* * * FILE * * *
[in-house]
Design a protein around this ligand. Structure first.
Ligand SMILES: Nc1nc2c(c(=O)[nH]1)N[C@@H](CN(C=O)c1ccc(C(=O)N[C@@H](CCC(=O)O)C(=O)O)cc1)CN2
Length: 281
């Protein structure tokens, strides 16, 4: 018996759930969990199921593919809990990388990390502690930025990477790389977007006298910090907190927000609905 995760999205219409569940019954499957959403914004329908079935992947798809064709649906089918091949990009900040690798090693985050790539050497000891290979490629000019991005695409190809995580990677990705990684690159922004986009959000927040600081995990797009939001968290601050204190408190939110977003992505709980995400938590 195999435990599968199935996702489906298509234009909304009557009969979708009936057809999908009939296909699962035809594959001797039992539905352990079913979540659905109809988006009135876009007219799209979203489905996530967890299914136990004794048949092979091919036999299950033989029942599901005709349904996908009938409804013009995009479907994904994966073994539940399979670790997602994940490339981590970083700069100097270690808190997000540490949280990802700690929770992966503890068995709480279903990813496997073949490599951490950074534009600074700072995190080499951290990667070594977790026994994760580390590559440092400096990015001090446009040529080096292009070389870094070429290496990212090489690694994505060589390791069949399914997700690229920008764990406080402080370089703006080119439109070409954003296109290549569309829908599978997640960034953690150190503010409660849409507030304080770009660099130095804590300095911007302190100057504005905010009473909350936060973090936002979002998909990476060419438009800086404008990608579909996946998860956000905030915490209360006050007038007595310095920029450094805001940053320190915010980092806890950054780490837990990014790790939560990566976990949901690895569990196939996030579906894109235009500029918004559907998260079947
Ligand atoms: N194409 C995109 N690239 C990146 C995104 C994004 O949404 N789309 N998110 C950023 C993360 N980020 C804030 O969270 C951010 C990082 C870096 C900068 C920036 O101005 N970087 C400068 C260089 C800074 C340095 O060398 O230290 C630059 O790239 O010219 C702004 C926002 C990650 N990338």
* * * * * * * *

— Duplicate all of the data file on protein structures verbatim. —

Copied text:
[in-house]
Design a protein around this ligand. Structure first.
Ligand SMILES: Nc1nc2c(c(=O)[nH]1)N[C@@H](CN(C=O)c1ccc(C(=O)N[C@@H](CCC(=O)O)C(=O)O)cc1)CN2
Length: 281
């Protein structure tokens, strides 16, 4: 018996759930969990199921593919809990990388990390502690930025990477790389977007006298910090907190927000609905 995760999205219409569940019954499957959403914004329908079935992947798809064709649906089918091949990009900040690798090693985050790539050497000891290979490629000019991005695409190809995580990677990705990684690159922004986009959000927040600081995990797009939001968290601050204190408190939110977003992505709980995400938590 195999435990599968199935996702489906298509234009909304009557009969979708009936057809999908009939296909699962035809594959001797039992539905352990079913979540659905109809988006009135876009007219799209979203489905996530967890299914136990004794048949092979091919036999299950033989029942599901005709349904996908009938409804013009995009479907994904994966073994539940399979670790997602994940490339981590970083700069100097270690808190997000540490949280990802700690929770992966503890068995709480279903990813496997073949490599951490950074534009600074700072995190080499951290990667070594977790026994994760580390590559440092400096990015001090446009040529080096292009070389870094070429290496990212090489690694994505060589390791069949399914997700690229920008764990406080402080370089703006080119439109070409954003296109290549569309829908599978997640960034953690150190503010409660849409507030304080770009660099130095804590300095911007302190100057504005905010009473909350936060973090936002979002998909990476060419438009800086404008990608579909996946998860956000905030915490209360006050007038007595310095920029450094805001940053320190915010980092806890950054780490837990990014790790939560990566976990949901690895569990196939996030579906894109235009500029918004559907998260079947
Ligand atoms: N194409 C995109 N690239 C990146 C995104 C994004 O949404 N789309 N998110 C950023 C993360 N980020 C804030 O969270 C951010 C990082 C870096 C900068 C920036 O101005 N970087 C400068 C260089 C800074 C340095 O060398 O230290 C630059 O790239 O010219 C702004 C926002 C990650 N990338």